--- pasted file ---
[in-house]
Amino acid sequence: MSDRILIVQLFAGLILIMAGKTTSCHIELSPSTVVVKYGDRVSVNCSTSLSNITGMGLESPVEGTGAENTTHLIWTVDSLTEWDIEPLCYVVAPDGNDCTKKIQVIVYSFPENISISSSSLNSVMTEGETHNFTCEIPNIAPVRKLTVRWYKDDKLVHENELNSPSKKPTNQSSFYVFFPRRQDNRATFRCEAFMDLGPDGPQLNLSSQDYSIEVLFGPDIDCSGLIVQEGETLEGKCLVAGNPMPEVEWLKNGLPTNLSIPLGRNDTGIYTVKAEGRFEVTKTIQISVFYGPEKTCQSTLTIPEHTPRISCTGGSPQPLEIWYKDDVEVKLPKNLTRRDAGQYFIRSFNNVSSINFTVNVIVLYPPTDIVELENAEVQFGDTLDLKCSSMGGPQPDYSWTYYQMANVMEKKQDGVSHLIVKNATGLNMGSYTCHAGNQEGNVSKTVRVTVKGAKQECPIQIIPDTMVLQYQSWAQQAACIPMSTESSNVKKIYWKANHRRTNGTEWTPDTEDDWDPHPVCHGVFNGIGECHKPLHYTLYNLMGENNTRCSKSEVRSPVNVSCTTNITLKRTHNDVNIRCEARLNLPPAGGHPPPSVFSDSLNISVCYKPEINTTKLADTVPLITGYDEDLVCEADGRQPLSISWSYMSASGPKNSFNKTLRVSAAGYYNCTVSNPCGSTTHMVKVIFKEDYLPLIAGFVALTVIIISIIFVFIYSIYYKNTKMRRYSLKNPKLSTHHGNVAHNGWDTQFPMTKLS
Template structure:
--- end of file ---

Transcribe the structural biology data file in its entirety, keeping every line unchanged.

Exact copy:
[in-house]
Amino acid sequence: MSDRILIVQLFAGLILIMAGKTTSCHIELSPSTVVVKYGDRVSVNCSTSLSNITGMGLESPVEGTGAENTTHLIWTVDSLTEWDIEPLCYVVAPDGNDCTKKIQVIVYSFPENISISSSSLNSVMTEGETHNFTCEIPNIAPVRKLTVRWYKDDKLVHENELNSPSKKPTNQSSFYVFFPRRQDNRATFRCEAFMDLGPDGPQLNLSSQDYSIEVLFGPDIDCSGLIVQEGETLEGKCLVAGNPMPEVEWLKNGLPTNLSIPLGRNDTGIYTVKAEGRFEVTKTIQISVFYGPEKTCQSTLTIPEHTPRISCTGGSPQPLEIWYKDDVEVKLPKNLTRRDAGQYFIRSFNNVSSINFTVNVIVLYPPTDIVELENAEVQFGDTLDLKCSSMGGPQPDYSWTYYQMANVMEKKQDGVSHLIVKNATGLNMGSYTCHAGNQEGNVSKTVRVTVKGAKQECPIQIIPDTMVLQYQSWAQQAACIPMSTESSNVKKIYWKANHRRTNGTEWTPDTEDDWDPHPVCHGVFNGIGECHKPLHYTLYNLMGENNTRCSKSEVRSPVNVSCTTNITLKRTHNDVNIRCEARLNLPPAGGHPPPSVFSDSLNISVCYKPEINTTKLADTVPLITGYDEDLVCEADGRQPLSISWSYMSASGPKNSFNKTLRVSAAGYYNCTVSNPCGSTTHMVKVIFKEDYLPLIAGFVALTVIIISIIFVFIYSIYYKNTKMRRYSLKNPKLSTHHGNVAHNGWDTQFPMTKLS
Template structure: